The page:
Research press release


Nature Communications

Ecology: Levels of bleaching in deep coral reefs assessed



今回、Pedro Fradeたちの研究グループは、2016年の大規模なサンゴ白化現象におけるグレートバリアリーフ内の9地点の深海サンゴ礁の白化量を調べた。その結果、深海サンゴ礁への影響は深刻だった(水深40メートルでサンゴの40%が白化、6%が死滅)が、その程度は浅瀬よりも低いことが分かった(水深5~25メートルでサンゴの60~69%が白化、8~12%が死滅)。Fradeたちは、夏の初めには冷たい水の湧昇によってより深海にいるサンゴ礁はある程度保護されるが、夏の終わりには冷水の湧昇が止まり、保護効果が失われたことを明らかにした。


Deep coral reefs on the Great Barrier Reef are shown to have lower levels of bleaching than shallower reefs during the 2016 mass bleaching event, according to a paper in Nature Communications. The study suggests that deep reefs may offer some refuge from thermal stress, but the nature of the protection may be transient and limited in providing broad ecological refuge.

It has been suggested that coral reefs found in deep waters (at depths of 30 to 40 metres and beyond) could act as major ecological refuges from mass coral bleaching. However, assessments have been limited because of the logistical complexity of studying these ecosystems.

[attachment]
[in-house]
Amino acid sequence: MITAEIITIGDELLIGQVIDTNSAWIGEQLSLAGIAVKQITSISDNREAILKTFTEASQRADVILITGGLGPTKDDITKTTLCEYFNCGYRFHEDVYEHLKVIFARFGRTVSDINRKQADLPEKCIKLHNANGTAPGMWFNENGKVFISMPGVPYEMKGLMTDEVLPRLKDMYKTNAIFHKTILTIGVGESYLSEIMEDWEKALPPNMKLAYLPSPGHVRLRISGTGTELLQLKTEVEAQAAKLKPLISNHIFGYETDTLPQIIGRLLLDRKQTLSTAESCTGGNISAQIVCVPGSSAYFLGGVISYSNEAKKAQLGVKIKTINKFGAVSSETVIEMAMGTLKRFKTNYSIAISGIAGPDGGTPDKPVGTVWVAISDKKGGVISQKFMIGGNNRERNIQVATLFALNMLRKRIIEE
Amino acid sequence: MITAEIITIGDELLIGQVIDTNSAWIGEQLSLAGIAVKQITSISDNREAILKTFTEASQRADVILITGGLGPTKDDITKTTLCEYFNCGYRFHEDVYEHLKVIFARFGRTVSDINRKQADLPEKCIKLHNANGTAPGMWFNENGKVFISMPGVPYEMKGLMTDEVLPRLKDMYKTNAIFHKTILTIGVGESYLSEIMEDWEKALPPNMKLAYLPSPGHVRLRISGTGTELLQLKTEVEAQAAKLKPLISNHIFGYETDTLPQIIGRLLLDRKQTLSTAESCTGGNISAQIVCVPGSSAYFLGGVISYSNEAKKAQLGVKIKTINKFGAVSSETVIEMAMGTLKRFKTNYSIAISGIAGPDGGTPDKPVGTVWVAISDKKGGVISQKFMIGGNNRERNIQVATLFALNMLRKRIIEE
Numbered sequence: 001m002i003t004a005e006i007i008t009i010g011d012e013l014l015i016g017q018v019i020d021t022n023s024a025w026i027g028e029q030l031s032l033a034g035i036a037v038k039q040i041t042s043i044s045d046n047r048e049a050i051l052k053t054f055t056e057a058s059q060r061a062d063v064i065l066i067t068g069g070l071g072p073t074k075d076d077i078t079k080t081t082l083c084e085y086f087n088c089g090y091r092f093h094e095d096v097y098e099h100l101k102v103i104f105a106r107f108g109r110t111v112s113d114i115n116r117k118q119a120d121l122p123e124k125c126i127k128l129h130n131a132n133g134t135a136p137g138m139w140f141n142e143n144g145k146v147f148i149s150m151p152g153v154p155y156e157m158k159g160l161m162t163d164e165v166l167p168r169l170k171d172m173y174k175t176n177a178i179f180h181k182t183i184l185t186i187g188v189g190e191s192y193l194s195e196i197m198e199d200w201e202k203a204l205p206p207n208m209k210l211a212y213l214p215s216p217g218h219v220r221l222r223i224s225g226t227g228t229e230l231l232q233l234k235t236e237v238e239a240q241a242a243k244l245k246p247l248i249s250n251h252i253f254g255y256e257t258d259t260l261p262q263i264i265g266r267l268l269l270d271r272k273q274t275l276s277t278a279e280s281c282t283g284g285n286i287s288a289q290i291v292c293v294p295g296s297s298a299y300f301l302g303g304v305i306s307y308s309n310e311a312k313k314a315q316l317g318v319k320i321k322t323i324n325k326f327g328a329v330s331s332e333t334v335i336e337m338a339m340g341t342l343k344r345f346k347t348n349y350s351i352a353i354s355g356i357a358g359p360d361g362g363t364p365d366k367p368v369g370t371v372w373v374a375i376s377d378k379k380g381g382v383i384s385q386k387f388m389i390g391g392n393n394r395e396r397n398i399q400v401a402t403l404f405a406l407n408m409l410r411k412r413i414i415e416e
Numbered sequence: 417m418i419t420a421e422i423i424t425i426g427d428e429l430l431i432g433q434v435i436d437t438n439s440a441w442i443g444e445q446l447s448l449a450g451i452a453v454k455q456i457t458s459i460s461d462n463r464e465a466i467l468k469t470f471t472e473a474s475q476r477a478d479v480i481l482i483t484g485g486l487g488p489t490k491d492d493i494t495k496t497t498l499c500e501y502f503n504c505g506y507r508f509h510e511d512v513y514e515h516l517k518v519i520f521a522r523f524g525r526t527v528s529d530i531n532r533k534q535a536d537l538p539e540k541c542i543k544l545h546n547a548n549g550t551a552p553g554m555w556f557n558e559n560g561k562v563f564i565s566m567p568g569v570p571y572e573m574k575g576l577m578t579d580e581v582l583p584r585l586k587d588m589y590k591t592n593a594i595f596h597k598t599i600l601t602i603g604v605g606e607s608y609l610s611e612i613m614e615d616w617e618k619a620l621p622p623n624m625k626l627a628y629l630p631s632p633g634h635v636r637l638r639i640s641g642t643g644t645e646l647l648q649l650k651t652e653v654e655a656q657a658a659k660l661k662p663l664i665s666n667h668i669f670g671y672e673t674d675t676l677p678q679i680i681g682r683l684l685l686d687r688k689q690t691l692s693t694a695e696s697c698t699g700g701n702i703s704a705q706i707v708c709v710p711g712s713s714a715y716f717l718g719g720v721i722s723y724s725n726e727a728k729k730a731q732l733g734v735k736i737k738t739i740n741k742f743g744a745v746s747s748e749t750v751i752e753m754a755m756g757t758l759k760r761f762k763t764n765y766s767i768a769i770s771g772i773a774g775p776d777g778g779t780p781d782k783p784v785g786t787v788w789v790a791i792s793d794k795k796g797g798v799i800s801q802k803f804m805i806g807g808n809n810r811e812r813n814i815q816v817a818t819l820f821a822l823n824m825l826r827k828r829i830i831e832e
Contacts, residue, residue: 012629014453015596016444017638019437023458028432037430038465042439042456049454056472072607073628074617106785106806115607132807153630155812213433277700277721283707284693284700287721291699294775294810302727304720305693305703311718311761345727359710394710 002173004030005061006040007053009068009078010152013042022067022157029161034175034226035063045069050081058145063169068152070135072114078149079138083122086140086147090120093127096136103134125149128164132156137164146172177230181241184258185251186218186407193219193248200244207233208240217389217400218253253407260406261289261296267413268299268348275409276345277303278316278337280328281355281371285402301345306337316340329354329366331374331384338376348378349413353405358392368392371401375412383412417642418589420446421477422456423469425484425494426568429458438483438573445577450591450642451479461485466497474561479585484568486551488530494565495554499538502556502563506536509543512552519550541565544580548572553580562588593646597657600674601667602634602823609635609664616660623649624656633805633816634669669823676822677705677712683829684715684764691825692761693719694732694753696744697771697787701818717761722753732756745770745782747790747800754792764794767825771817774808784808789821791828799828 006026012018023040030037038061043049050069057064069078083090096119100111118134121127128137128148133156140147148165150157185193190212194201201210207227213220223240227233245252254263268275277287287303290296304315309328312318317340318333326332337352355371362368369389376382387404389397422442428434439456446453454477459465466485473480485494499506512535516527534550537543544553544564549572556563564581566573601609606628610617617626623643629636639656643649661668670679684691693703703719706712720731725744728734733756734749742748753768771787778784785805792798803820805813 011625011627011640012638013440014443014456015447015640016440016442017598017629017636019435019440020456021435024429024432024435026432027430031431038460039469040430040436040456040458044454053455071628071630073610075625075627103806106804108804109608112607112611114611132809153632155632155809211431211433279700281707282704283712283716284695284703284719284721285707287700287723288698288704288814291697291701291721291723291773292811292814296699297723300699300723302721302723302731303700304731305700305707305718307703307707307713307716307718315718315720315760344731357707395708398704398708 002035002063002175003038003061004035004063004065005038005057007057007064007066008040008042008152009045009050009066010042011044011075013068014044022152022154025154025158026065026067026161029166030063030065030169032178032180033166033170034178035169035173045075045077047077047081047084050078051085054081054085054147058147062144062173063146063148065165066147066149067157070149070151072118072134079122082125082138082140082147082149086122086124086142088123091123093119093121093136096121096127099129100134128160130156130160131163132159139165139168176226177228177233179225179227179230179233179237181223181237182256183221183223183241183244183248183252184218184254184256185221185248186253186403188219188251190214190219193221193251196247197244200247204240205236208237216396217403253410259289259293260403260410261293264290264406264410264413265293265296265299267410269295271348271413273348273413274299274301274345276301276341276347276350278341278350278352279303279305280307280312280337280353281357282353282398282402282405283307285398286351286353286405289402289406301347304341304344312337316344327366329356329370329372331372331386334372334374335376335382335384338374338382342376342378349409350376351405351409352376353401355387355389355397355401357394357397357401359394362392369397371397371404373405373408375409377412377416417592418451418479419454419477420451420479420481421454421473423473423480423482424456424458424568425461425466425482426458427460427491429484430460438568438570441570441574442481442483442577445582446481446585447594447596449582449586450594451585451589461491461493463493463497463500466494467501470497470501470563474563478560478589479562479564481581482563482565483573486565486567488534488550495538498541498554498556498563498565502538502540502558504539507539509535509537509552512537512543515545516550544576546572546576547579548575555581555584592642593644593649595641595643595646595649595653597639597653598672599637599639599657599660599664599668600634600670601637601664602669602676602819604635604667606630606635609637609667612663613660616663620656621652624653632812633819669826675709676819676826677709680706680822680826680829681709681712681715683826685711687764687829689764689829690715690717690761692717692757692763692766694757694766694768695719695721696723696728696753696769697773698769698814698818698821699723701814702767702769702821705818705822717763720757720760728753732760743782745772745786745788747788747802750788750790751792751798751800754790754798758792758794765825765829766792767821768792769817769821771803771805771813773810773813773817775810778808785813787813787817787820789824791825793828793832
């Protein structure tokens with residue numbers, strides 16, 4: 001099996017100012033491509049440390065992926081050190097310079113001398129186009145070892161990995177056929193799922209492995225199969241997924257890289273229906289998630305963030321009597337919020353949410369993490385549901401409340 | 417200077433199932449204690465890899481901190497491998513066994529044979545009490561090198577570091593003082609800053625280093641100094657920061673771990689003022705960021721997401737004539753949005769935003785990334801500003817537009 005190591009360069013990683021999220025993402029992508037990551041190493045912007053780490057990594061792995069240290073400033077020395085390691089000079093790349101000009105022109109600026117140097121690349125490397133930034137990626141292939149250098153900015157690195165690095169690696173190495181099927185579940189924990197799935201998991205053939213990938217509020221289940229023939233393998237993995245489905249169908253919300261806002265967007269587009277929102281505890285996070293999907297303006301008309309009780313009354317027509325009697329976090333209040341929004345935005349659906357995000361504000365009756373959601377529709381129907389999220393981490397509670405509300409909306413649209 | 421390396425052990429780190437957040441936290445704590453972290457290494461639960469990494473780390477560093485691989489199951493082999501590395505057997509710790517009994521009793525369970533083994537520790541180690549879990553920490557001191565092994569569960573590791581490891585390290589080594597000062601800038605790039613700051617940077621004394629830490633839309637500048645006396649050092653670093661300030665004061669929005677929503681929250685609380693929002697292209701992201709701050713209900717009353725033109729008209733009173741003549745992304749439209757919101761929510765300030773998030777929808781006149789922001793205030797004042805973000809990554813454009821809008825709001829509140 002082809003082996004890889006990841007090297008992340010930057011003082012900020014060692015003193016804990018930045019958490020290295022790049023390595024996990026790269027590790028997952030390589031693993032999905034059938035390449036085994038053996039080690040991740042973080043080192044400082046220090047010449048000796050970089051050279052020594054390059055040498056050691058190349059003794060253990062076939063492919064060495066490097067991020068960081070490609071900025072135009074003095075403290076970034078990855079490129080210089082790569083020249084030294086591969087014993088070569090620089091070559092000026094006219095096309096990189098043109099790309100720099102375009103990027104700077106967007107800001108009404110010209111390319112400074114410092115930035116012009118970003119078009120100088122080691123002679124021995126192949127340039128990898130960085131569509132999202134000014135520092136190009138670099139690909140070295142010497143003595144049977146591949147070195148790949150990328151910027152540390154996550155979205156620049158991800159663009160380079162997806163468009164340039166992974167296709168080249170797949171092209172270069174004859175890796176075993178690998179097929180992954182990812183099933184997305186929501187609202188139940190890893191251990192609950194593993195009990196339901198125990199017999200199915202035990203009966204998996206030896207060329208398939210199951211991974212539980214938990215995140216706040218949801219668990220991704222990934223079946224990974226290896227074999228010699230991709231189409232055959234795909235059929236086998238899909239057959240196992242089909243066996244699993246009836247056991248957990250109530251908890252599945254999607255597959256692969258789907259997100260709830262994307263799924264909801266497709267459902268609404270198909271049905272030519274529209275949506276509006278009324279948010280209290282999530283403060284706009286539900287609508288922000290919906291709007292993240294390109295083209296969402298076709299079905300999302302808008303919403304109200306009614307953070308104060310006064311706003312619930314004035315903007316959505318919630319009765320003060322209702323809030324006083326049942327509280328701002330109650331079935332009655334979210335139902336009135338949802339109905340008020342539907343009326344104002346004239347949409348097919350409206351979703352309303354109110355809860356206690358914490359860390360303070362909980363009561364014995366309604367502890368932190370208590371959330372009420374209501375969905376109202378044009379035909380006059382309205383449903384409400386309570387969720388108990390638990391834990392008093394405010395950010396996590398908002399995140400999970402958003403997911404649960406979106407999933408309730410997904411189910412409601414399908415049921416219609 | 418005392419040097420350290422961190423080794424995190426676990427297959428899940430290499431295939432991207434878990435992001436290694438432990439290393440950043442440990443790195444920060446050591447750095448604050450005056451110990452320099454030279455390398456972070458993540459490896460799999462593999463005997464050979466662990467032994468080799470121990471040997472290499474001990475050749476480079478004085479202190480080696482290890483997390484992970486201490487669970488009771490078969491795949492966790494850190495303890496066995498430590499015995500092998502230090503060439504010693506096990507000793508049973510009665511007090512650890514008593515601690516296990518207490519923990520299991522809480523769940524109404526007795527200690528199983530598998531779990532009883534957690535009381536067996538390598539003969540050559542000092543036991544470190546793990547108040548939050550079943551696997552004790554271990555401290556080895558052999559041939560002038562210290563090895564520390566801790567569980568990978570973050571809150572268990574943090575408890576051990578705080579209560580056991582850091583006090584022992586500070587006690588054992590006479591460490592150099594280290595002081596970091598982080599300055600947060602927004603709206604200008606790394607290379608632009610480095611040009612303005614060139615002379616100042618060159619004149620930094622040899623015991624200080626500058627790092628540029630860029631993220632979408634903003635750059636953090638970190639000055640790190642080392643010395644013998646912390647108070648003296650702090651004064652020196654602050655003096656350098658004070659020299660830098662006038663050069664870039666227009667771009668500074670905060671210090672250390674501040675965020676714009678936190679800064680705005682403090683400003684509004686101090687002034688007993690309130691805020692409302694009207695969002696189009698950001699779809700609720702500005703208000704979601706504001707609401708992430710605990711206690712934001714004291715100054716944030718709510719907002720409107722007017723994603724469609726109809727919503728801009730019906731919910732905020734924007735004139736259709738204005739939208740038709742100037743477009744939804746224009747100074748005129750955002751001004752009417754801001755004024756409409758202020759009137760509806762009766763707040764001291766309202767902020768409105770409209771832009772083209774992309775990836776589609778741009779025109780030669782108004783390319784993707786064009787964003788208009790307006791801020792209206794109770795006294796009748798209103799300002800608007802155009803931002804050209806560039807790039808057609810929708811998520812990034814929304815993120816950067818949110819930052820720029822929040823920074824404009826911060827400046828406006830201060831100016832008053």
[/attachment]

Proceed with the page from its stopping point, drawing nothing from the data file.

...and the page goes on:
Pedro Frade and colleagues studied the amount of bleaching experienced by deep reefs at nine sites within the Great Barrier Reef during the large-scale bleaching event of 2016. Impacts on the deep reefs were severe (40% of coral was bleached and 6% dead at 40 metres) but lower than at shallower depths (60-69% of coral was bleached and 8-12% dead at 5-25 metres). The authors found that upwelling of cold water gave deeper reefs some protection in the early summer, but this was lost by late summer when upwelling stopped.

The study highlights the limitations of deep reefs acting as thermal refuges, and the authors argue that both shallow and deep reefs are under threat from mass bleaching events.

doi: 10.1038/s41467-018-05741-0

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